A new report shows a significant drop in electric power demand during pandemic.
The New York Times reported today that the demand for power in 2020 dropped 20 percent in some regions of the world, says a recent study by Potsdam Institute for Climate Impact Research. The results were published yesterday in a journal called Nature Climate Change.
Researchers involved in the study analyzed the demand for electricity and the amount and type of admissions in India, Europe and the United States. The report also said that, in addition reduced power demand, researchers found reductions in carbon dioxide emissions up to 50 percent in some areas. Britain, Germany and Spain showed the most dramatic results.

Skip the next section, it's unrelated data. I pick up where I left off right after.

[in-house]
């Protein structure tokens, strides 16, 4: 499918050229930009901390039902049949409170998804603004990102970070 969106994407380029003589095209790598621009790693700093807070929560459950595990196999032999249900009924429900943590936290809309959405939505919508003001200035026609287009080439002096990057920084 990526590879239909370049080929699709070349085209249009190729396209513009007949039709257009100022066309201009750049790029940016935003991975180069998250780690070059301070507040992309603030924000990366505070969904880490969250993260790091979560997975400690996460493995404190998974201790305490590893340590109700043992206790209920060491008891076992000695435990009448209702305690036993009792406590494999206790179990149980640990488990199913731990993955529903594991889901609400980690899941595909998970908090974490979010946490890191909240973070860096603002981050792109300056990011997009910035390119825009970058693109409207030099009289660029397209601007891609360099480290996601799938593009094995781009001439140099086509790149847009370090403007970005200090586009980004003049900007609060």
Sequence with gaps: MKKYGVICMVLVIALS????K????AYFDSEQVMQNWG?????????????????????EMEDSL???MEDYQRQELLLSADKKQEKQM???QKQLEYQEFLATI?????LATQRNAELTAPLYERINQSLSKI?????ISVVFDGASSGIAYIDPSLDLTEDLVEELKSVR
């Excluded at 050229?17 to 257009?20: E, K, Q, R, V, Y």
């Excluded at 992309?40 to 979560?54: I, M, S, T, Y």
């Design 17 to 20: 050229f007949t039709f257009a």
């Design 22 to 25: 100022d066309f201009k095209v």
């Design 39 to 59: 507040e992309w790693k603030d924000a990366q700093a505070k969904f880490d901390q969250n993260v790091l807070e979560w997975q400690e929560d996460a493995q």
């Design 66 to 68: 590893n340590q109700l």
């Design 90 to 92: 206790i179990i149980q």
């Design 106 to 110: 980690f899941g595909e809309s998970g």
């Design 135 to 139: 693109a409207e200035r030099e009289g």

The report also asserts that these results could hasten the move away from coal to renewable sources of energy, according to The Times. In addition, researchers said that while the construction of power plants that are fueled by solar or wind is more expensive than a conventional plant, once the plant is built, there is no fuel expense.
The researchers pointed out, too, that they’re not predicting the complete demise of coal anytime soon. That’s partially because countries in Southeast Asia rely on coal power to fuel economic growth, and the Chinese coal industry is looking for opportunities for coal in nearby countries, as China itself grapples with trying to move away from coal due to the extremely high levels of air pollution there.
While the short-term outlook for rail transportation of coal is about the same as it has been, coal traffic continues to decline. Long-term trends such as those predicted in the Potsdam report will likely be a different story.